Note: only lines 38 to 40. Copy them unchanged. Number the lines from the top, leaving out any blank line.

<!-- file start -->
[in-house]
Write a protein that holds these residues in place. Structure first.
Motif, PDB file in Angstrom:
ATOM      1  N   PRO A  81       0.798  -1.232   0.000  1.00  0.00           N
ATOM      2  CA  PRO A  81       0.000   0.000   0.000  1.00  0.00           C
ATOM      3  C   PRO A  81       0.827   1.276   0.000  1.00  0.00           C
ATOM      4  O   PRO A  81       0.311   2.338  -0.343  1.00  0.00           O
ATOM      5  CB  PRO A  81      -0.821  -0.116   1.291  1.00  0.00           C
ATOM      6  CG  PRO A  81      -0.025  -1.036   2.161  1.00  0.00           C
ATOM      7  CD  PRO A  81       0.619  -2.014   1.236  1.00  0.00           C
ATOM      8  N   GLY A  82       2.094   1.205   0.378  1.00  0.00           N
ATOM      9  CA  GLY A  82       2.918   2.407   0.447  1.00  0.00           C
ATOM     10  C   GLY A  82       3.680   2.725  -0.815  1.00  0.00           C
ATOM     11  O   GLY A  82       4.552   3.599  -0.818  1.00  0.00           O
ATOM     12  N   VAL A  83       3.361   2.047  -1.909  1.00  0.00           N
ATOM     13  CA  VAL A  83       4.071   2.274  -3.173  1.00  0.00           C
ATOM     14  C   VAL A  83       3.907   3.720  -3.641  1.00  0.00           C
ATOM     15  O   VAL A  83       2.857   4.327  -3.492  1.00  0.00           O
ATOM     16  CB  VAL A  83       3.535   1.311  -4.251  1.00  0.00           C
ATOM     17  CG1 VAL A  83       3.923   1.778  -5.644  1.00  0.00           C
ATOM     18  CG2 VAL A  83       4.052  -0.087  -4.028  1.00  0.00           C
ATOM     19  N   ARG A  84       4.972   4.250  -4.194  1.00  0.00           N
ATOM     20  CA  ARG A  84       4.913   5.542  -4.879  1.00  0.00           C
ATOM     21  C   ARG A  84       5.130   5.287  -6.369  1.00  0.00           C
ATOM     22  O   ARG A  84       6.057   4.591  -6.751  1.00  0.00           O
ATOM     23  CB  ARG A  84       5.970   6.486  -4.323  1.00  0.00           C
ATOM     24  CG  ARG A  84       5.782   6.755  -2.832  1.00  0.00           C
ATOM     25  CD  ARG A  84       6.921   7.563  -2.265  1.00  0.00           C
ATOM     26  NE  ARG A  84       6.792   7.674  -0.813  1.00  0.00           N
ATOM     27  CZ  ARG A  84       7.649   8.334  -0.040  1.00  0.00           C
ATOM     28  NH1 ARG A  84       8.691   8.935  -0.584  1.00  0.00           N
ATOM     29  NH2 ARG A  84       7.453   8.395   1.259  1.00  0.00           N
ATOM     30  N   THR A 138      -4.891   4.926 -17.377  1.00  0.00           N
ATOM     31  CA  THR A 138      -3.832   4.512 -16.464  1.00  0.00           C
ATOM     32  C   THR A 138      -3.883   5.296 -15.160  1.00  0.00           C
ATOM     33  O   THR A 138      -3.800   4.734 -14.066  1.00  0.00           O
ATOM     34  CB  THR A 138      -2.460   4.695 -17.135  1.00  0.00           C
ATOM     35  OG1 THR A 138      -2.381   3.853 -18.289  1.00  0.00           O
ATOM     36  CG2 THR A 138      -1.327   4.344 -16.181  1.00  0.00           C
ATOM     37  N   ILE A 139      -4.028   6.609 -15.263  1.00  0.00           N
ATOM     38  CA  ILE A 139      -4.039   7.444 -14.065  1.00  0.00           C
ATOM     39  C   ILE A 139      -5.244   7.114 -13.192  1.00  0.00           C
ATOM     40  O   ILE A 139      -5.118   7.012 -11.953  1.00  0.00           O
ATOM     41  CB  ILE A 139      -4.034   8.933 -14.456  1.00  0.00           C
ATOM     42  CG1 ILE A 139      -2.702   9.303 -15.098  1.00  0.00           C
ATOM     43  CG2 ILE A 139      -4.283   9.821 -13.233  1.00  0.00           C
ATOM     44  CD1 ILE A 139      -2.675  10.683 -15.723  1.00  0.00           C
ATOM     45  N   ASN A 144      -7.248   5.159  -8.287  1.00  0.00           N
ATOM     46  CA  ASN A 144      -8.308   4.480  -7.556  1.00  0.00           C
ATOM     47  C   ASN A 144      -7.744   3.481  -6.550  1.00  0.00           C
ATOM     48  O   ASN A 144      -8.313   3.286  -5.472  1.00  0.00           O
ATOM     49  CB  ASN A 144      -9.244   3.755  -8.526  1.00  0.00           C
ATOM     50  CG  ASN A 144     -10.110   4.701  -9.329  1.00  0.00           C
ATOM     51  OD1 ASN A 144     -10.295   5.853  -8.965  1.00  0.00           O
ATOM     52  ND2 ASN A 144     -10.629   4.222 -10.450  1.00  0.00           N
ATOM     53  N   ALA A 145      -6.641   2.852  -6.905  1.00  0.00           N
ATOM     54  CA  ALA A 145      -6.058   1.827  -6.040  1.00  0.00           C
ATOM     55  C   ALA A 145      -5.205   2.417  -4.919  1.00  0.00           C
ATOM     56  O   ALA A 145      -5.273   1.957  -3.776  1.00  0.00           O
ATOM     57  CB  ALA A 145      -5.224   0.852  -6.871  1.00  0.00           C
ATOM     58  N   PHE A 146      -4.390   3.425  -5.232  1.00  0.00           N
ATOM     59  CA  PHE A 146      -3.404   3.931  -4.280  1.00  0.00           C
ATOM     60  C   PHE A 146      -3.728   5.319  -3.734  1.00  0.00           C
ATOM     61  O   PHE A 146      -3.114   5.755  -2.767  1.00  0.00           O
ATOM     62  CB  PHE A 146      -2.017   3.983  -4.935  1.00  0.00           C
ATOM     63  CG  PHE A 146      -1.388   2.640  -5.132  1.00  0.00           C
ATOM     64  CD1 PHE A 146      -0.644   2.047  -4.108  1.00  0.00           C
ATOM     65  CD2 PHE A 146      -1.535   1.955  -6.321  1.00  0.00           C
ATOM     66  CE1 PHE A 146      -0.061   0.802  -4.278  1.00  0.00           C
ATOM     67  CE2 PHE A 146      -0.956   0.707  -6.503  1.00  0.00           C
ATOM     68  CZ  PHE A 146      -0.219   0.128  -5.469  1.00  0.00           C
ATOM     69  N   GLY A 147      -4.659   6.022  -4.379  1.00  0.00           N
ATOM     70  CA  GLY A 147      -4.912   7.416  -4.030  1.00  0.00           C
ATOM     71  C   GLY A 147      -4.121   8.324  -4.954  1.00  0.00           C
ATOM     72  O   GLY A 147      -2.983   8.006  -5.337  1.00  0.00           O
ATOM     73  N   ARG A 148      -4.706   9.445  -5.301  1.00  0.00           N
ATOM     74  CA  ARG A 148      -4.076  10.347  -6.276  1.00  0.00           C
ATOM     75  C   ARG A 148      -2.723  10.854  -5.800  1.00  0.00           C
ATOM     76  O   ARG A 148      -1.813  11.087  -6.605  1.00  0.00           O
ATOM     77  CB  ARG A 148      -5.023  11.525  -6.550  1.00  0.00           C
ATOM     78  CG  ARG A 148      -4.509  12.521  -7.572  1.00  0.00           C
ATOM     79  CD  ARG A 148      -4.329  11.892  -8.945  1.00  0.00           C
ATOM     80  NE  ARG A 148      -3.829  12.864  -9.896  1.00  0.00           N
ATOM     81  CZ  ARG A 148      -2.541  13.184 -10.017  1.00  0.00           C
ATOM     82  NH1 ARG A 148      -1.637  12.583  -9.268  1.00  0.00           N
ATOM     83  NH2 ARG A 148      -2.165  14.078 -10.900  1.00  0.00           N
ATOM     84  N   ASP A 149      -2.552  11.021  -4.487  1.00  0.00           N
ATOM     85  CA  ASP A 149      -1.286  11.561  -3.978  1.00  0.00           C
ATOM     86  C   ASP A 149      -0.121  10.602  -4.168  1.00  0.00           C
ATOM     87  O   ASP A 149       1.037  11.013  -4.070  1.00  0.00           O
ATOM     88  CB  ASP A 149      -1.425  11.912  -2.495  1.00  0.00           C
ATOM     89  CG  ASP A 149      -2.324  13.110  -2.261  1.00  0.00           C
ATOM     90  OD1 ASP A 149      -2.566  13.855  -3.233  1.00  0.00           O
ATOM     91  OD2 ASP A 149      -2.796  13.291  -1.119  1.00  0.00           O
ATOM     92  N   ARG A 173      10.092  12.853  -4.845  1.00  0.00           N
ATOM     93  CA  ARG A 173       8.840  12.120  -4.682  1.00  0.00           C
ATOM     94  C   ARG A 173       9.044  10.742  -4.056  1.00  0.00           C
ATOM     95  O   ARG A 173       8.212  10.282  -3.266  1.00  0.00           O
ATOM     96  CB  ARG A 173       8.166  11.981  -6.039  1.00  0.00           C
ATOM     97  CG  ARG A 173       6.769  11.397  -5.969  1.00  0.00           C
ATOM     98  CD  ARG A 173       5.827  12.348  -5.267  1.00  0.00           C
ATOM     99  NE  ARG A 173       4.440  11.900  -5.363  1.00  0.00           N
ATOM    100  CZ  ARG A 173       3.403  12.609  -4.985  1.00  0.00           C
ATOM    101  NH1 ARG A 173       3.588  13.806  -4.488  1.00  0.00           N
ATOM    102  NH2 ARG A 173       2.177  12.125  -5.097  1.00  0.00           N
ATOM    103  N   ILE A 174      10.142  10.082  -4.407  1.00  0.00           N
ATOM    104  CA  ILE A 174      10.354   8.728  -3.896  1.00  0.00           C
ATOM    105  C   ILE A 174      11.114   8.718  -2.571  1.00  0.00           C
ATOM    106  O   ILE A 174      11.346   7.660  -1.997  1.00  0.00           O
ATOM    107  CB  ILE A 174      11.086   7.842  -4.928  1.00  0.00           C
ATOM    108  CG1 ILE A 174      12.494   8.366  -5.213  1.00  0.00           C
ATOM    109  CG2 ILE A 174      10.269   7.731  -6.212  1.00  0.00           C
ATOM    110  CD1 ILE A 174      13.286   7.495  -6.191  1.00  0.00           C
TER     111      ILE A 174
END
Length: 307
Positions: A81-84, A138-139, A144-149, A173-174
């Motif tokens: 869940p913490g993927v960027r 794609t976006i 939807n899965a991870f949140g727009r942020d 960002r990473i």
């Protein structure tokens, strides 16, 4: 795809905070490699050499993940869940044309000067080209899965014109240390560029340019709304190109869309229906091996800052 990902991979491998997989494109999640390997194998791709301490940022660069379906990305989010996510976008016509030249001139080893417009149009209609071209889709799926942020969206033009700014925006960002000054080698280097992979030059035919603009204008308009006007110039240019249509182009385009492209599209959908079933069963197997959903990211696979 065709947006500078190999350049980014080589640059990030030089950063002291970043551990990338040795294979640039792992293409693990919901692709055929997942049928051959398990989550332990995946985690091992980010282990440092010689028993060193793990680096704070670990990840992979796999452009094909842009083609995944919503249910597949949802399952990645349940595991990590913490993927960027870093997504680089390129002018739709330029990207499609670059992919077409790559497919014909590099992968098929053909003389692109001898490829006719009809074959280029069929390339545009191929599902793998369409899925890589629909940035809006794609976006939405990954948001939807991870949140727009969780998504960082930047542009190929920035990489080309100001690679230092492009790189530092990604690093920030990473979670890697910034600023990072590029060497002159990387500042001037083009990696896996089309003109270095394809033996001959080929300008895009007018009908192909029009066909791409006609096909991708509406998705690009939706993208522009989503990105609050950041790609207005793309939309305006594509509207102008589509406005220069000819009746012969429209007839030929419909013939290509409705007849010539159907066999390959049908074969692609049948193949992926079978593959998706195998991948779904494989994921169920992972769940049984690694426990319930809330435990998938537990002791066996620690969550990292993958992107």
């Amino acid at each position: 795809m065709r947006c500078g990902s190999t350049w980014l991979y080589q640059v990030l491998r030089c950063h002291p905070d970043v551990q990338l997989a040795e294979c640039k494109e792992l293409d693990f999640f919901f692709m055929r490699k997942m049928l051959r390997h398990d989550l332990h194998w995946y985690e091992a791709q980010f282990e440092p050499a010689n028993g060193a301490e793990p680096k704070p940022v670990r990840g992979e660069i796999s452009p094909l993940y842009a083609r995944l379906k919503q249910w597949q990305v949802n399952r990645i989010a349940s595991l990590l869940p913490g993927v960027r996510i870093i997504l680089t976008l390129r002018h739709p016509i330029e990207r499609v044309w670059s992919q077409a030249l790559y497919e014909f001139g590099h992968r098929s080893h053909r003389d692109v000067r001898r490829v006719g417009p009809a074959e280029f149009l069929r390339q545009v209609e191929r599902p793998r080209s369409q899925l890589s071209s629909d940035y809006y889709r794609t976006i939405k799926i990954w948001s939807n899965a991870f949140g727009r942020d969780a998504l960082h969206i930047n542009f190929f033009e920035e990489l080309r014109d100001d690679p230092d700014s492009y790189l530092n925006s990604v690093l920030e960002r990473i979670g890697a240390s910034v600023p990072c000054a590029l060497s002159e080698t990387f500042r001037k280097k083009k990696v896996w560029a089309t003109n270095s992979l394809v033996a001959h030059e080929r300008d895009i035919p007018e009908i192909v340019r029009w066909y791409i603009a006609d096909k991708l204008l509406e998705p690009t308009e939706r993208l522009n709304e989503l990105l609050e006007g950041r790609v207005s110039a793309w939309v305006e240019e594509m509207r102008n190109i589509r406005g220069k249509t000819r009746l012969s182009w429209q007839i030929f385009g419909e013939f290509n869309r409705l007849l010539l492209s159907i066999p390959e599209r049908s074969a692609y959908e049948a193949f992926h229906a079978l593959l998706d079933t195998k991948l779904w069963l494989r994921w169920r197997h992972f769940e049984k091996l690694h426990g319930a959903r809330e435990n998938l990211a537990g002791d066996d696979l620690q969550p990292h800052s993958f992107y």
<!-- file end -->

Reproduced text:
ATOM     35  OG1 THR A 138      -2.381   3.853 -18.289  1.00  0.00           O
ATOM     36  CG2 THR A 138      -1.327   4.344 -16.181  1.00  0.00           C
ATOM     37  N   ILE A 139      -4.028   6.609 -15.263  1.00  0.00           N